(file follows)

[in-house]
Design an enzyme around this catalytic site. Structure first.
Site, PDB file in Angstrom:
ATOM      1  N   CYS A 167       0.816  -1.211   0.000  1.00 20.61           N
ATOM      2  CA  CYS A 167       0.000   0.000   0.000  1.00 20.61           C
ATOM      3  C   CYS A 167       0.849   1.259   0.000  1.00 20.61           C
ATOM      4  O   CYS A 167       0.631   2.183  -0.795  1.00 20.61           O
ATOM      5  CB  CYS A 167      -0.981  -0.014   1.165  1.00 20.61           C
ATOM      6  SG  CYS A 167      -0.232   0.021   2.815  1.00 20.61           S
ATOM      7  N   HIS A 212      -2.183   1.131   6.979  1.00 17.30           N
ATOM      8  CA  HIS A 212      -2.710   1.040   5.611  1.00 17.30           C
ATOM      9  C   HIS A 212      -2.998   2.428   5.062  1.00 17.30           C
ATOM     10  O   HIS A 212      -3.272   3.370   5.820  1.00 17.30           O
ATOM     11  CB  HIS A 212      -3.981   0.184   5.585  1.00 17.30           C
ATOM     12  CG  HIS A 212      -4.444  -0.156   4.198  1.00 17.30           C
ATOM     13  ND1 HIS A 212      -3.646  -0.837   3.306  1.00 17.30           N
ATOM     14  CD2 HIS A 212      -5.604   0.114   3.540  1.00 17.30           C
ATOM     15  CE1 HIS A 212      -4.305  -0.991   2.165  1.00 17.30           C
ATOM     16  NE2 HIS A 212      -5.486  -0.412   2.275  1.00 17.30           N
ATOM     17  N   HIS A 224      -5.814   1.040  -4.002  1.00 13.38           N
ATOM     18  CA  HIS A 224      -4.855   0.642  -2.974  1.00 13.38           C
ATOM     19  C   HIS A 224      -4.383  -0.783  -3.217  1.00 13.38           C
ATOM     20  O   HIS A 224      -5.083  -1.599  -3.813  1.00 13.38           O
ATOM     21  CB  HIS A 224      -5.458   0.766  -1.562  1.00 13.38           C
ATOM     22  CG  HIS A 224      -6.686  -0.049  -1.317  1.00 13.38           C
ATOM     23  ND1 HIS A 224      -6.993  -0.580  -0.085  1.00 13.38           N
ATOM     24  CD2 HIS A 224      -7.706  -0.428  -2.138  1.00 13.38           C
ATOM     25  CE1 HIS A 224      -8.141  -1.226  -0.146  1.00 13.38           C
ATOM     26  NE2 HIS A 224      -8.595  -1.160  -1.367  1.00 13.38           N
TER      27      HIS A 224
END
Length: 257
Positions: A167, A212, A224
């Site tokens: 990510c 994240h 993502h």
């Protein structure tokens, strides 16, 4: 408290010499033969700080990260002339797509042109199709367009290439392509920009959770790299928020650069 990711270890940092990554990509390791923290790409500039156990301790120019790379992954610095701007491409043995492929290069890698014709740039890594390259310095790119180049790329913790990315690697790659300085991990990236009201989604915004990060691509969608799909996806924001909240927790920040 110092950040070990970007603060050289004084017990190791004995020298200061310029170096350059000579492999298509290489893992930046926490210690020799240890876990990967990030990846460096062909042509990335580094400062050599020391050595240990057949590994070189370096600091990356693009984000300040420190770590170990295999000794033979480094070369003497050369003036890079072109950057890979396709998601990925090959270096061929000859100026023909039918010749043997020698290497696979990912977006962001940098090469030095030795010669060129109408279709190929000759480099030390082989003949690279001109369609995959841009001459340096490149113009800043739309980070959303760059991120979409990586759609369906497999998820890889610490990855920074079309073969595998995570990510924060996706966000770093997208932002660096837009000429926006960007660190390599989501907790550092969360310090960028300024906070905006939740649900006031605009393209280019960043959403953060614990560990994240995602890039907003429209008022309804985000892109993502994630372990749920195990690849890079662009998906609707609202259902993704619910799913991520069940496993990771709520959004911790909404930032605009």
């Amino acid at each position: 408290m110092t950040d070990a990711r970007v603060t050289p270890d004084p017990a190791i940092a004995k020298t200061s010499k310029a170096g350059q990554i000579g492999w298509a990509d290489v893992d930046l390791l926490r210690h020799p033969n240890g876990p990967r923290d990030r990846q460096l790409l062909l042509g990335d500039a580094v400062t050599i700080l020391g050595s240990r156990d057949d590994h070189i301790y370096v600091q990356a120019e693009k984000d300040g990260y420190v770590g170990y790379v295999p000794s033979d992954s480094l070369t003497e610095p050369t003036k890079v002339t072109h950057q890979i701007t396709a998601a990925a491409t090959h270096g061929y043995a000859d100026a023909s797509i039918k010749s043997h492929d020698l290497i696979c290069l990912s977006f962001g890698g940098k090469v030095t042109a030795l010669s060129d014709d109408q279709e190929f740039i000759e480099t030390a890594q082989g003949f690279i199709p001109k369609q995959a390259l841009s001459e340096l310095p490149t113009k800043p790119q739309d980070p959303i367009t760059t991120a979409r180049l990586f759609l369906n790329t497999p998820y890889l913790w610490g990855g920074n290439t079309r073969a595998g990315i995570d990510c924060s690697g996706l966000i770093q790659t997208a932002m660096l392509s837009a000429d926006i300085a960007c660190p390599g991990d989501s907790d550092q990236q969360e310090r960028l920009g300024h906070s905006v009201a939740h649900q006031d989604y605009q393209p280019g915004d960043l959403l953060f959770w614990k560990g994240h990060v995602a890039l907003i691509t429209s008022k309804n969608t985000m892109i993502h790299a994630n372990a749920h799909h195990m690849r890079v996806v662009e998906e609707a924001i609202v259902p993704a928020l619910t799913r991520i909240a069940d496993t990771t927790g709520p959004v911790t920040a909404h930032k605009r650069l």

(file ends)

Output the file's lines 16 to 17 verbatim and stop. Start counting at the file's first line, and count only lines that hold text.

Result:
ATOM     13  ND1 HIS A 212      -3.646  -0.837   3.306  1.00 17.30           N
ATOM     14  CD2 HIS A 212      -5.604   0.114   3.540  1.00 17.30           C